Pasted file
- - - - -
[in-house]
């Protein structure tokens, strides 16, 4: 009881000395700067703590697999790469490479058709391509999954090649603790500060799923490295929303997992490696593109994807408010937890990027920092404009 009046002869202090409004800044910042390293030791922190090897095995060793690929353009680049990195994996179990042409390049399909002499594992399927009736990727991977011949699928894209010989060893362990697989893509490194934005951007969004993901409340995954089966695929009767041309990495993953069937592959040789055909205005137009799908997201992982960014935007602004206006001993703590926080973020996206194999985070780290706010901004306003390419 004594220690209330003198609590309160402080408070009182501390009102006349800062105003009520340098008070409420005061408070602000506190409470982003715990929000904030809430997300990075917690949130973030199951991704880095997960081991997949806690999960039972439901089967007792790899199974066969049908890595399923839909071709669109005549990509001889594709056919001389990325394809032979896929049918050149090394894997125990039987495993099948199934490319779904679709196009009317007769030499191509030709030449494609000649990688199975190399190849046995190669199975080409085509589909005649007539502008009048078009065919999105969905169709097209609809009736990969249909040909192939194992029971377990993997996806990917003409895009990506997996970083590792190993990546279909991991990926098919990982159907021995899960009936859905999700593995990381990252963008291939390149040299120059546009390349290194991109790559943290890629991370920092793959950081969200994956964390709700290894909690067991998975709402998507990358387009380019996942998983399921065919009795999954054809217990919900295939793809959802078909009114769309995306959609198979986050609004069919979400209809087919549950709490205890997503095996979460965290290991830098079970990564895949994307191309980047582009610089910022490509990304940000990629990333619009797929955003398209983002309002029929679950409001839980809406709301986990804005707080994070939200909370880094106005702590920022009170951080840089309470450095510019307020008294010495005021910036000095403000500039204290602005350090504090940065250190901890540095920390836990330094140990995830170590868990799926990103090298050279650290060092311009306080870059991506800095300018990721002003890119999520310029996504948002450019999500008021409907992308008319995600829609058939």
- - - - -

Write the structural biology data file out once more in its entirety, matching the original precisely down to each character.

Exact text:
[in-house]
């Protein structure tokens, strides 16, 4: 009881000395700067703590697999790469490479058709391509999954090649603790500060799923490295929303997992490696593109994807408010937890990027920092404009 009046002869202090409004800044910042390293030791922190090897095995060793690929353009680049990195994996179990042409390049399909002499594992399927009736990727991977011949699928894209010989060893362990697989893509490194934005951007969004993901409340995954089966695929009767041309990495993953069937592959040789055909205005137009799908997201992982960014935007602004206006001993703590926080973020996206194999985070780290706010901004306003390419 004594220690209330003198609590309160402080408070009182501390009102006349800062105003009520340098008070409420005061408070602000506190409470982003715990929000904030809430997300990075917690949130973030199951991704880095997960081991997949806690999960039972439901089967007792790899199974066969049908890595399923839909071709669109005549990509001889594709056919001389990325394809032979896929049918050149090394894997125990039987495993099948199934490319779904679709196009009317007769030499191509030709030449494609000649990688199975190399190849046995190669199975080409085509589909005649007539502008009048078009065919999105969905169709097209609809009736990969249909040909192939194992029971377990993997996806990917003409895009990506997996970083590792190993990546279909991991990926098919990982159907021995899960009936859905999700593995990381990252963008291939390149040299120059546009390349290194991109790559943290890629991370920092793959950081969200994956964390709700290894909690067991998975709402998507990358387009380019996942998983399921065919009795999954054809217990919900295939793809959802078909009114769309995306959609198979986050609004069919979400209809087919549950709490205890997503095996979460965290290991830098079970990564895949994307191309980047582009610089910022490509990304940000990629990333619009797929955003398209983002309002029929679950409001839980809406709301986990804005707080994070939200909370880094106005702590920022009170951080840089309470450095510019307020008294010495005021910036000095403000500039204290602005350090504090940065250190901890540095920390836990330094140990995830170590868990799926990103090298050279650290060092311009306080870059991506800095300018990721002003890119999520310029996504948002450019999500008021409907992308008319995600829609058939």